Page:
This is my first post to the TM Owner's forum but not my first visit. My wife and I are seriously considering a 2006 or 07 3124KS, and I happened to notice a posting by Jon and Rita that you are towing a 3124 KB with an 03 Tundra, precisely the vehicle we plan to use. Ours is AWD with the V6 and a 5000 lb theoretical towing capacity. Considering fudge factors for fluids, combined vehicle weights, passengers, etc. and the actual weight or our truck, I anticipate a comfortable towing capacity of about 4700 lb. Having done the math as to dry weight of the 3124 KS, fluids, hitches, clothes, gear, furnishings, etc., I believe we will remain comfortably within that margin. However, we live on an island in Alaska and our routes out (after a trip on the ferry) involve significant mountain grades, and much or most of our travel will touch the mountainous west. With all these considerations in mind, I ask your impression as to how your 03 Tundra has performed, especially if you have the V6.

My wife and I are flying to the lower 48 this week to look at TMs along with a few other campers of interest though we are not going to buy until we are ready or precisely the right deal lands on our doorstep.

Thanks very much!

Ted Chance
Sitka, Alaska

09-11-2006, 03:29 PM
Ted -

Use the search tool to find posts by RockyMtnRay. He is our towing expert, and also our Tundra expert (you'll find him moderating the Tundra forum), and our towing-at-high-altitude expert. He has a Tundra and a 2720SL, and spends a lot of time in the highest altitudes of the Rockies. He wasn't satisfied with his V-8 Tundra until he put (IIRC) $4800 of power-train upgrades into it, but now he just flies up the high-altitude grades. A truly nice rig.

The mention of $4800 to upgrade a V-8-based Tundra might make you gasp (it does me), so it is worth digging out all of his posts on the topic. You'll be much more knowledgable with that under your belt.


Ted Chance
09-11-2006, 09:11 PM
Thank you for the suggestion, Bill. As I read through RockyMtnRay's posts, I find that his discussions of variation in engine performance by vehicle, transmission, engine model, altitude, torque, and so on offer pretty clear guidance by way of inference as to what my vehicle will handle--probably not as much as I would hope. Here's what I get so far:
At sea level, my Toyota 4.3L V6 5VZ-FE engine will probably manage just fine with an actual combined vehicle weight of around 9200 lb, which is what I'd estimate I'll end up with a 3124 KS, the actual weight of my vehicle, anticipated passenger weights (more than I would care to admit, sadly), accessories, and all the various other things I anticipate will add to the demand. Climbing at a fairly steep, steady grade out of my sea-level environment to something less than 4000 ft, which is what a trip out of Southeast Alaska entails as a minimum "cost of doing business," probably also will work reasonably well assuming I don't have any wish to fly up the passes, though a transmission cooler probably wouldn't be a bad idea. No problem here. Nobody drives fast anyway. The air itself is all too cool and therefore plenty dense, so I'd not expect much decrement in performance. For many purposes, traveling in the Pacific Northwest, performance will be adequate. Pushing into the Colorado Plateau and other truly high-altitude areas of the west, however, will likely tax the performance and perhaps even safety of the vehicle. The 5VZ-FE engine is I believe used across a number of vehicles contemporaneous to my 03 Tundra, generates about 220 lb/ft of torque @ 3600 RPM, and by all reports performs reliably up to specs given inevitable variation for conditions such as altitude. I inquired of our nearest dealer (95 air miles away, more by ferry), who indicated adding an aftermarket supercharger, which TRD manufactures and markets, would be very unwise. That would seem to address the altitude problem to which RockyMtnRay alludes to some degree; on the other hand, when the dealer tells me he's seen catastrophic engine failures with the supercharger I sit up and take notice. The remainder of the design of the 03 Tundra SR5 w/ 3.4L V6 and 4WD seems adequate to the task, the engine marginal at best. So I will need to think very carefully about whether it makes sense to start looking for a different tow vehicle. Meanwhile, RockyMtnRay, if you happen to read this post, thanks very much for your clear and systematic explanations--they make it easy to extrapolate.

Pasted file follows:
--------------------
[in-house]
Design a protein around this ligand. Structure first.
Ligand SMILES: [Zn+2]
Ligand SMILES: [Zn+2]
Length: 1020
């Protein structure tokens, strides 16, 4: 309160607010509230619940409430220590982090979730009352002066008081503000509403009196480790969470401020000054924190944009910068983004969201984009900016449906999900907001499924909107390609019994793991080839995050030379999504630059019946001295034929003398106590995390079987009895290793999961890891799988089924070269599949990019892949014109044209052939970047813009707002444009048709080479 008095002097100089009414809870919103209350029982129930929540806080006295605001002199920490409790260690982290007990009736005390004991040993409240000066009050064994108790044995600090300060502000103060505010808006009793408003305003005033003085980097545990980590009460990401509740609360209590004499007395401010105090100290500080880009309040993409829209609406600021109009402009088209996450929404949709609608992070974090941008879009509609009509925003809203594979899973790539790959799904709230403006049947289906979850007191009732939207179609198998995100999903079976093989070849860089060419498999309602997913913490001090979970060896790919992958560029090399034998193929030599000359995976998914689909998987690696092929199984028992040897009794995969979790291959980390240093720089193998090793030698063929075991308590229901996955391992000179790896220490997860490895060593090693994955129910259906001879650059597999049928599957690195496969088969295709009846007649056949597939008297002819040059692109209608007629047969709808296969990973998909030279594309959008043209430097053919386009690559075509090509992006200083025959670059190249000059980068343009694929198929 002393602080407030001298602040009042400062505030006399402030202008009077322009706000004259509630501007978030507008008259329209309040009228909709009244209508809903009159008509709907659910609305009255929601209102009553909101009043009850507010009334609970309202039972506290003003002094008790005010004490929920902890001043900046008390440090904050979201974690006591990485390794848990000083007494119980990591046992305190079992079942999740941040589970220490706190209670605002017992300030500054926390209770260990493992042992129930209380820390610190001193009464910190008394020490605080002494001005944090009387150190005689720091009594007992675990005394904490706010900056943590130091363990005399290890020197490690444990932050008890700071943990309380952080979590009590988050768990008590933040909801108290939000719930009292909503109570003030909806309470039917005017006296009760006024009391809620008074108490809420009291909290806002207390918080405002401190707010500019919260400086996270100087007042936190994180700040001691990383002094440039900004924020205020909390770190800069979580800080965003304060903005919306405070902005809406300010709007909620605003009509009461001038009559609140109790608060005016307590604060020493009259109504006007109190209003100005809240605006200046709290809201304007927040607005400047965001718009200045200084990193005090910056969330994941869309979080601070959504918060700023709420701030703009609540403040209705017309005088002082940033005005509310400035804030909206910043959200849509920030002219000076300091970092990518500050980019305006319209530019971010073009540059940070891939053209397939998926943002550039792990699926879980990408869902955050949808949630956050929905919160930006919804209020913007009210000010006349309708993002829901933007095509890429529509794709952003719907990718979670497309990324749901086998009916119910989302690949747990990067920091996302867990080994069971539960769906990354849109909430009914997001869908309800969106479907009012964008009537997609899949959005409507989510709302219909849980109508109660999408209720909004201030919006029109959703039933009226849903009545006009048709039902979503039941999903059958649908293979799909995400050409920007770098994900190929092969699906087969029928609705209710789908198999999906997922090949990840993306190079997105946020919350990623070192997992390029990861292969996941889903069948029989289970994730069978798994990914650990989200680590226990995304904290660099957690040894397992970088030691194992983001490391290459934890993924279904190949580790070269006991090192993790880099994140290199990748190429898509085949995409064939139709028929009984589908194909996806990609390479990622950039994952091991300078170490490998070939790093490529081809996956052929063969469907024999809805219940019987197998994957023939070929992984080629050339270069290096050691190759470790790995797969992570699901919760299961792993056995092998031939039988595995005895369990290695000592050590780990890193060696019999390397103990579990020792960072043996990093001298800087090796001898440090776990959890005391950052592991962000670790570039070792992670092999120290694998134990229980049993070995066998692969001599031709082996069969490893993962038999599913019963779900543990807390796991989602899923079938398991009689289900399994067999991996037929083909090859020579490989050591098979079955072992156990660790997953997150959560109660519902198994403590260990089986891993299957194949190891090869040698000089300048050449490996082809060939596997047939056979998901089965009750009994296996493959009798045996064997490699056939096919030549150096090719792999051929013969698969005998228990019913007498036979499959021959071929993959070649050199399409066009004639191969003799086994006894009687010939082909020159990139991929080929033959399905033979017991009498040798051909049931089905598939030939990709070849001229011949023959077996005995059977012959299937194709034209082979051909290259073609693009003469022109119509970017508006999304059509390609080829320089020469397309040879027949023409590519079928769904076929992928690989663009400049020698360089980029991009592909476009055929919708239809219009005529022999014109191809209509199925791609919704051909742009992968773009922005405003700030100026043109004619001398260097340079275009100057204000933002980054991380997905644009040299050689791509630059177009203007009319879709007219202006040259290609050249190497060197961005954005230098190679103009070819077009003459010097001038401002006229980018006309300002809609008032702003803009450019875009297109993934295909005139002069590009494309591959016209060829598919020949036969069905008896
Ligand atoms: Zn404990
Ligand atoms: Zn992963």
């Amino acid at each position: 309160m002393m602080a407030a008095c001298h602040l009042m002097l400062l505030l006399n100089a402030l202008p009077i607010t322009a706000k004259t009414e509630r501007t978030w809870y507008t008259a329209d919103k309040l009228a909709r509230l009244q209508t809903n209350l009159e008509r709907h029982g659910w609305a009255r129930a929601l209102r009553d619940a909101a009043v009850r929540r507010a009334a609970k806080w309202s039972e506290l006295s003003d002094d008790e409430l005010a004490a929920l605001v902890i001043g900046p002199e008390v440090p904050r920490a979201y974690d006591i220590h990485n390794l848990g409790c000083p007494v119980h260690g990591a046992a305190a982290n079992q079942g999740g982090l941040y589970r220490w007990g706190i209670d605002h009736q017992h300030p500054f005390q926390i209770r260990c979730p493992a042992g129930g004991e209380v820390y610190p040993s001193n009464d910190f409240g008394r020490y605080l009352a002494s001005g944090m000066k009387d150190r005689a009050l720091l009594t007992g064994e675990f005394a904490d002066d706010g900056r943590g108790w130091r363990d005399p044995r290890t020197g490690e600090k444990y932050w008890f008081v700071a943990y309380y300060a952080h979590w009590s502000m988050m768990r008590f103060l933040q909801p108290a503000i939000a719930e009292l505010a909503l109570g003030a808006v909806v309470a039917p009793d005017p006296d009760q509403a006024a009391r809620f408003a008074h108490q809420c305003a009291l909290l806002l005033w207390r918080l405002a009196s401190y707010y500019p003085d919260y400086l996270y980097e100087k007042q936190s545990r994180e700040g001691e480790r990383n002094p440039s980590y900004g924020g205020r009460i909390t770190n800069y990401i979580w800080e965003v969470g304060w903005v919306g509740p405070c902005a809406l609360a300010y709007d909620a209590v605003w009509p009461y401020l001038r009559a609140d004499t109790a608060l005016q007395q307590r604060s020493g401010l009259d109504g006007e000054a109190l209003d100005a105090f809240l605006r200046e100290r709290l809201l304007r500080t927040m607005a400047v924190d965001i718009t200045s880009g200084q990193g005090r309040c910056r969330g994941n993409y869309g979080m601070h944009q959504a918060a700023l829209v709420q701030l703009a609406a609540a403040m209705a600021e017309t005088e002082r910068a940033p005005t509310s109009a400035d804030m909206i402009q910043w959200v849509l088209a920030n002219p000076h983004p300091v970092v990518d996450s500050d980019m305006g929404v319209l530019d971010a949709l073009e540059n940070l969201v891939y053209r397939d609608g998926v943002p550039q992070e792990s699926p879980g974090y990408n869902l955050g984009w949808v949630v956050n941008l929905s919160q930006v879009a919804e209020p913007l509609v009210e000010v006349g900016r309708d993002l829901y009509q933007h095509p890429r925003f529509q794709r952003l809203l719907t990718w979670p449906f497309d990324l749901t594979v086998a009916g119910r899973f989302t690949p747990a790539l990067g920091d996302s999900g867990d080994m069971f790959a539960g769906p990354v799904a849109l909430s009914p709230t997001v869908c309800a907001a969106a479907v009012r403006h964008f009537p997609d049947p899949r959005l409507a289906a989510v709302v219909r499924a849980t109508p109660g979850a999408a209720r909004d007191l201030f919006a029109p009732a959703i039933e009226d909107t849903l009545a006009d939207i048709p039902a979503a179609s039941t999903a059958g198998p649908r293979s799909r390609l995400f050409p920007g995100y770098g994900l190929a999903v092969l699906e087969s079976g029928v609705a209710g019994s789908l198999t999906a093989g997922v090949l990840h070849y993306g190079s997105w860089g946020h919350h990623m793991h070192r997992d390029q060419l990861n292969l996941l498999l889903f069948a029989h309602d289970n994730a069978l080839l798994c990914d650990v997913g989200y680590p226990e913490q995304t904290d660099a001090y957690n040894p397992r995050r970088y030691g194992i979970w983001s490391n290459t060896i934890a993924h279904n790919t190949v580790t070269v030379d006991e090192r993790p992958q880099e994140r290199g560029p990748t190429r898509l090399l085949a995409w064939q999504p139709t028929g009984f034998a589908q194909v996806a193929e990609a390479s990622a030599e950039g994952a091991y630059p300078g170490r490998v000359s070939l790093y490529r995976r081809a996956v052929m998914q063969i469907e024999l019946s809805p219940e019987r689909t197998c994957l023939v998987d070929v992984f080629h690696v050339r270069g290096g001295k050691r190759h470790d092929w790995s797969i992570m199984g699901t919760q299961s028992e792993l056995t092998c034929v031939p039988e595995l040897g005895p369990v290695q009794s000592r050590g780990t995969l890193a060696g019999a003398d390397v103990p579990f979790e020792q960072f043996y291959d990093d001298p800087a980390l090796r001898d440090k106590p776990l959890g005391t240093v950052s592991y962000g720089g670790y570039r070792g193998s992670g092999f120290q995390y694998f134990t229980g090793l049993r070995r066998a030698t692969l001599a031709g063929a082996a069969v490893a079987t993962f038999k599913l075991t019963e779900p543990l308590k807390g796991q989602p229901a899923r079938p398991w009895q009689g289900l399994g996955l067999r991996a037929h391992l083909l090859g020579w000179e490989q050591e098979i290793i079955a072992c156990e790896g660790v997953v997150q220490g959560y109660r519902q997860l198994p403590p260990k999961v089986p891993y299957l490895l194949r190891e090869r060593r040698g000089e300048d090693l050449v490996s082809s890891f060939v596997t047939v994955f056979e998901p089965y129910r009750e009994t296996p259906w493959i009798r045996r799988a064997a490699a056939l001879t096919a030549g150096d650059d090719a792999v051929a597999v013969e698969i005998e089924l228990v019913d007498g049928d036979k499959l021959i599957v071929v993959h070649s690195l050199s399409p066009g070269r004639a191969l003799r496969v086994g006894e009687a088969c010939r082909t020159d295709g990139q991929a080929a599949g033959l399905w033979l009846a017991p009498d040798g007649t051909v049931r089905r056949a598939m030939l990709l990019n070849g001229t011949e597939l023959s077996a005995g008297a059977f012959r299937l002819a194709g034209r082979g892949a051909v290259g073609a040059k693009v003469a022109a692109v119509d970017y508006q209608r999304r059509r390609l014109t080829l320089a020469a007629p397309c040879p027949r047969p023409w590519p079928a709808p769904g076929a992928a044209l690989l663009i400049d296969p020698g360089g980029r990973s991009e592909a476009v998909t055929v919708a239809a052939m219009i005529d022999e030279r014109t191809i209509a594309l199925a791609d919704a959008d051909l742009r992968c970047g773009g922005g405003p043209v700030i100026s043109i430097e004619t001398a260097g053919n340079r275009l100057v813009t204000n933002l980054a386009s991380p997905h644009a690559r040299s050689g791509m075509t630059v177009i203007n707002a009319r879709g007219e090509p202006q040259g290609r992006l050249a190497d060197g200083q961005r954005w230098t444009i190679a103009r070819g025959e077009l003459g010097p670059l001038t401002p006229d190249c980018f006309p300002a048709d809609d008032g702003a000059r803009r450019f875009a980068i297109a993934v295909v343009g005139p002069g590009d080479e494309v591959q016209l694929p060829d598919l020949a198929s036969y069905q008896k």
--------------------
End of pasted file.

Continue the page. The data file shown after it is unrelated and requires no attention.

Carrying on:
Ted Chance

09-12-2006, 01:48 AM
Our Tundra is equipped with the V8, which is more than adequate for the 3124KB; however, I would be leary of the V6 with this much weight, especially in the mountains. It seems your investigation is driving you in this direction also. As stated, Ray is the towing expert so see what he recommends. Just for comparison, I get about 18 mpg solo, and 15 mpg towing.
Jon and Rita

Ted Chance
09-12-2006, 09:19 AM
Thanks, Jon and Rita,

The input you and others have provided is very useful and interesting to me. I appreciate it.

Ted Chance